O God, thou hast taught me from my youth: and hitherto have I declared thy wondrous works.
O God, thou hast taught me from my youth - namely, to praise thee (cf. the second clause, and Psalms 71:18, second clause). God's power, exercised continually in the sufferer's behalf, gave him cause for praise; and God's Spirit taught his heart hitherto how to praise aright.
Now also when I am old and grayheaded, O God, forsake me not; until I have shewed thy strength unto this generation, and thy power to every one that is to come.
Now also when I am old and grey-headed, O God, forsake me not - Hebrew, 'And even unto old age and hoar hairs;' to which Isaiah 46:3-4 refers. He repeats the prayer of Psalms 71:9, with the beautiful variation which brings into view God's strength as supporting the petitioner's failing strength - "forsake me not when MY strength faileth" (Psalms 71:9).
Forsake me not, until I have showed thy strength - literally, 'thy arm,' not my arm (Psalms 44:3).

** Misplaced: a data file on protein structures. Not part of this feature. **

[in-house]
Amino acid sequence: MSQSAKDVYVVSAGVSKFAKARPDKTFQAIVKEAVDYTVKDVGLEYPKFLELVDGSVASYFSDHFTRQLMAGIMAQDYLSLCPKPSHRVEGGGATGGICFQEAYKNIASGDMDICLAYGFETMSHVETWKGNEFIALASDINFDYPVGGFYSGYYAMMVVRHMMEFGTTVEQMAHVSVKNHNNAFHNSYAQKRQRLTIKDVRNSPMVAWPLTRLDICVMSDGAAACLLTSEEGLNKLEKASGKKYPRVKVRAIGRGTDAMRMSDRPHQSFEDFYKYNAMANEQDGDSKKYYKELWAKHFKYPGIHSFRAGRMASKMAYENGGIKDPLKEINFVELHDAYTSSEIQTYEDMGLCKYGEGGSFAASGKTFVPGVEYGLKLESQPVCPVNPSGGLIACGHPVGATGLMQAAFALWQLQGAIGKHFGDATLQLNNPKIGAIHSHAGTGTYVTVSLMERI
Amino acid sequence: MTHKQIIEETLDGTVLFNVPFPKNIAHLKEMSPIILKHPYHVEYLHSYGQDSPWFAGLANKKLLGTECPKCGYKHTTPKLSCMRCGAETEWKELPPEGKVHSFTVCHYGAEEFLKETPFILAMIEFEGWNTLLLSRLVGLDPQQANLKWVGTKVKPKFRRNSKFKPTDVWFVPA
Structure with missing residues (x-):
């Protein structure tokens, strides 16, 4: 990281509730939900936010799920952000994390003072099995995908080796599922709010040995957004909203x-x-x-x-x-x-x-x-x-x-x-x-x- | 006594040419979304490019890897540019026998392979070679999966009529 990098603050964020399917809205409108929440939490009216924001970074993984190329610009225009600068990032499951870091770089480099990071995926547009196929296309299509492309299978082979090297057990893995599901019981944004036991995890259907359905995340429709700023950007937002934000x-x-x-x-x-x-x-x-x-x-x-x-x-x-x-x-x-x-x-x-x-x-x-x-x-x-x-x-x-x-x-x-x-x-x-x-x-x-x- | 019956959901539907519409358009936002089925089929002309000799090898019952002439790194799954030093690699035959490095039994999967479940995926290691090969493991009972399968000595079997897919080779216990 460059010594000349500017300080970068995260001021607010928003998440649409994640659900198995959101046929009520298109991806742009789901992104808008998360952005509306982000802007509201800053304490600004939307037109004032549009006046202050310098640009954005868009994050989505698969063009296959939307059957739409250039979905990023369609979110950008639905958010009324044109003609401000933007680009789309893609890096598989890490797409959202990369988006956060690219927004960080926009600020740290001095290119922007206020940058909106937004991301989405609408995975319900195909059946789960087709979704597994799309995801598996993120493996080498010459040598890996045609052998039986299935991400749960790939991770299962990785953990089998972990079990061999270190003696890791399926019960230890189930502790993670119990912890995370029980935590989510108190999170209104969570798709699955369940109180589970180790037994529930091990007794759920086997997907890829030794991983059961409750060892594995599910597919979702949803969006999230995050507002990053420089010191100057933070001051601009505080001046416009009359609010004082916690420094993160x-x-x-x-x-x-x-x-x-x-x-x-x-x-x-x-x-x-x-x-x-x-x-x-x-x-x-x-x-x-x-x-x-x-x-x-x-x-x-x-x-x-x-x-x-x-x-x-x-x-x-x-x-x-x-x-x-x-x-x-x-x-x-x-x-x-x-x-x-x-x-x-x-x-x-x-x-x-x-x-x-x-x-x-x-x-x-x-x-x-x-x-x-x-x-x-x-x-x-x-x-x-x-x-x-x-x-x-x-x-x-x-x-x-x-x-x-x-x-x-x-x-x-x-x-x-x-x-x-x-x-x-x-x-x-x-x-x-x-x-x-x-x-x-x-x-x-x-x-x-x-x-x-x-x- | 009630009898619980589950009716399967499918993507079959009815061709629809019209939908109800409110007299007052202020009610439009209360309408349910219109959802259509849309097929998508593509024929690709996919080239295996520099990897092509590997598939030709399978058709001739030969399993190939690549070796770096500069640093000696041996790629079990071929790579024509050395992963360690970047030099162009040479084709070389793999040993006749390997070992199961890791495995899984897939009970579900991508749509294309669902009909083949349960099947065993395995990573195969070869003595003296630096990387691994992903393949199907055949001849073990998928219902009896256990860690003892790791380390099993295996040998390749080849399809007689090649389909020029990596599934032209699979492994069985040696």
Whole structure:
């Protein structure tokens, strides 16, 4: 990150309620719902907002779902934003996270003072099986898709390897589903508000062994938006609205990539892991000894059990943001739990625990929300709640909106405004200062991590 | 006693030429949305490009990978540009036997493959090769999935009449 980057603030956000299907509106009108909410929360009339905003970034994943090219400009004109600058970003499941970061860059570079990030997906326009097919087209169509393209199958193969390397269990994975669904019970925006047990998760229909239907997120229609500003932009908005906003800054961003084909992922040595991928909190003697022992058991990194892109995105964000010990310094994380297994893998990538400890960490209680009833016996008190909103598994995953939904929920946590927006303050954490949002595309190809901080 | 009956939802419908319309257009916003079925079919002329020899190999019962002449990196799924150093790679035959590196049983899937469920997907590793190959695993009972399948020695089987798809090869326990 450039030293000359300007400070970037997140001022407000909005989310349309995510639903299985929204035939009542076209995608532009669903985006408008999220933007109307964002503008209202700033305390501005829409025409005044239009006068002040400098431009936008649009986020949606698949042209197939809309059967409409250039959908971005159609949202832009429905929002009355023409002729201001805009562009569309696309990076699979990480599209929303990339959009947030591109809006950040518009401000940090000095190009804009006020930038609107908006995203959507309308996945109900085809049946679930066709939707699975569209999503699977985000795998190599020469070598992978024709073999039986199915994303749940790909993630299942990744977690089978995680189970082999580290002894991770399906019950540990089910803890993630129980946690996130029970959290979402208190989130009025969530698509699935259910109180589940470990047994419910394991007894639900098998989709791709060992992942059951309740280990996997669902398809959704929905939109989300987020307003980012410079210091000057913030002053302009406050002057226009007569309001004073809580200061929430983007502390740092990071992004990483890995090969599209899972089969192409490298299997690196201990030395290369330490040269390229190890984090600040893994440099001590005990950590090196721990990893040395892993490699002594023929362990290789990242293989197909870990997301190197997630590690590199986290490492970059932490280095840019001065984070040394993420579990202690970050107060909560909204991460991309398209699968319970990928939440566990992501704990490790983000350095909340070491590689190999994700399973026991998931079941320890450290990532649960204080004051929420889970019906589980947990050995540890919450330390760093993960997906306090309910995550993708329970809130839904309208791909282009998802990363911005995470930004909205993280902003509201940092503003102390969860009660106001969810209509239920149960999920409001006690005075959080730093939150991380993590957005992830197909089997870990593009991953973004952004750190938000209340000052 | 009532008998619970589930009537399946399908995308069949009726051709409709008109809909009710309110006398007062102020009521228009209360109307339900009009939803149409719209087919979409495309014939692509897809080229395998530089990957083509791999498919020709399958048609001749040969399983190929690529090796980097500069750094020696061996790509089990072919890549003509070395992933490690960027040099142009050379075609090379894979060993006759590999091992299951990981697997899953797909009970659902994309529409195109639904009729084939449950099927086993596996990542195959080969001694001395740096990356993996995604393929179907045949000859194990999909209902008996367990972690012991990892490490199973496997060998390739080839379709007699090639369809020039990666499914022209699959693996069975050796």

Unto this generation, and thy power to every one that is to come - (Psalms 22:31.)
Thy righteousness also, O God, is very high, who hast done great things: O God, who is like unto thee!
Thy righteousness also, O God, is very high - literally, 'is even to the height' (Psalms 36:5; Psalms 57:5; Psalms 57:10).
O God, who is like unto thee! Exodus 15:11 is the fundamental passage. Compare David's own words, 2 Samuel 7:22 - an undesigned coincidence.
Thou, which hast shewed me great and sore troubles, shalt quicken me again, and shalt bring me up again from the depths of the earth.
(Thou), which hast showed me great and sore troubles, shalt quicken me again, and shalt bring me up again. So the Qeri' and the ancient versions, the Septuagint, Vulgate, Ethiopic, Arabic, and Syriac; but the Kethibh reads, 'us ... us ... us;' and so the Chaldaic Targum. The Qeri' evidently changed the us into me, to make it accord with the first person singular going before. The transition to 'us' from "I" and "me" heretofore, shows that the application of the psalm is not limited to the individual sufferer, but extends to the whole Church, and also to the literal Israel, in affliction. Messiah, the son of David, represents the whole people. 'Quicken us' - i:e., revive us after we have been as it were dead with calamities (Hosea 6:1-2; Deuteronomy 32:39).
Again ... again - literally, 'shalt return and quicken us ... shalt return and bring us.'